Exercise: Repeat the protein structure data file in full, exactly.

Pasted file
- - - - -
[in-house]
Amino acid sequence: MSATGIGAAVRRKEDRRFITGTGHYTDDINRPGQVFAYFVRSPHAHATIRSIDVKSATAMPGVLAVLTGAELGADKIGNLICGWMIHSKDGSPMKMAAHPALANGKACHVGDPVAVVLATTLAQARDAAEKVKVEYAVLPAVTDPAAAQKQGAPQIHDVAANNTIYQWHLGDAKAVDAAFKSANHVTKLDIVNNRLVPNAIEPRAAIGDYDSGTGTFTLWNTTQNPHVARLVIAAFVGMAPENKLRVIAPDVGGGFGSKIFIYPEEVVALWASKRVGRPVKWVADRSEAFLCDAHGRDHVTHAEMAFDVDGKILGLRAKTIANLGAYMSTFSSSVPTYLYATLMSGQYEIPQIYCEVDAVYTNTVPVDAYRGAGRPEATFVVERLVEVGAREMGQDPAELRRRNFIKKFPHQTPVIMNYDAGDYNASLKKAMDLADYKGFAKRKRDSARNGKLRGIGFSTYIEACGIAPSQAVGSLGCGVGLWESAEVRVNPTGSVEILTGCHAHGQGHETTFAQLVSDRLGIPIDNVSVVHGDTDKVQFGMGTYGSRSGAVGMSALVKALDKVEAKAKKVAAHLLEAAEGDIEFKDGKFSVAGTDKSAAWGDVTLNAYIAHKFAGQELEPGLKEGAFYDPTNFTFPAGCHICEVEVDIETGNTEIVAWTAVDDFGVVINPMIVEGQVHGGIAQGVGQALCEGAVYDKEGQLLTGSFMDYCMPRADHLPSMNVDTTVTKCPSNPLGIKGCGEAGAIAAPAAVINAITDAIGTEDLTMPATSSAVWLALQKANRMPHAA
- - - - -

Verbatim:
[in-house]
Amino acid sequence: MSATGIGAAVRRKEDRRFITGTGHYTDDINRPGQVFAYFVRSPHAHATIRSIDVKSATAMPGVLAVLTGAELGADKIGNLICGWMIHSKDGSPMKMAAHPALANGKACHVGDPVAVVLATTLAQARDAAEKVKVEYAVLPAVTDPAAAQKQGAPQIHDVAANNTIYQWHLGDAKAVDAAFKSANHVTKLDIVNNRLVPNAIEPRAAIGDYDSGTGTFTLWNTTQNPHVARLVIAAFVGMAPENKLRVIAPDVGGGFGSKIFIYPEEVVALWASKRVGRPVKWVADRSEAFLCDAHGRDHVTHAEMAFDVDGKILGLRAKTIANLGAYMSTFSSSVPTYLYATLMSGQYEIPQIYCEVDAVYTNTVPVDAYRGAGRPEATFVVERLVEVGAREMGQDPAELRRRNFIKKFPHQTPVIMNYDAGDYNASLKKAMDLADYKGFAKRKRDSARNGKLRGIGFSTYIEACGIAPSQAVGSLGCGVGLWESAEVRVNPTGSVEILTGCHAHGQGHETTFAQLVSDRLGIPIDNVSVVHGDTDKVQFGMGTYGSRSGAVGMSALVKALDKVEAKAKKVAAHLLEAAEGDIEFKDGKFSVAGTDKSAAWGDVTLNAYIAHKFAGQELEPGLKEGAFYDPTNFTFPAGCHICEVEVDIETGNTEIVAWTAVDDFGVVINPMIVEGQVHGGIAQGVGQALCEGAVYDKEGQLLTGSFMDYCMPRADHLPSMNVDTTVTKCPSNPLGIKGCGEAGAIAAPAAVINAITDAIGTEDLTMPATSSAVWLALQKANRMPHAA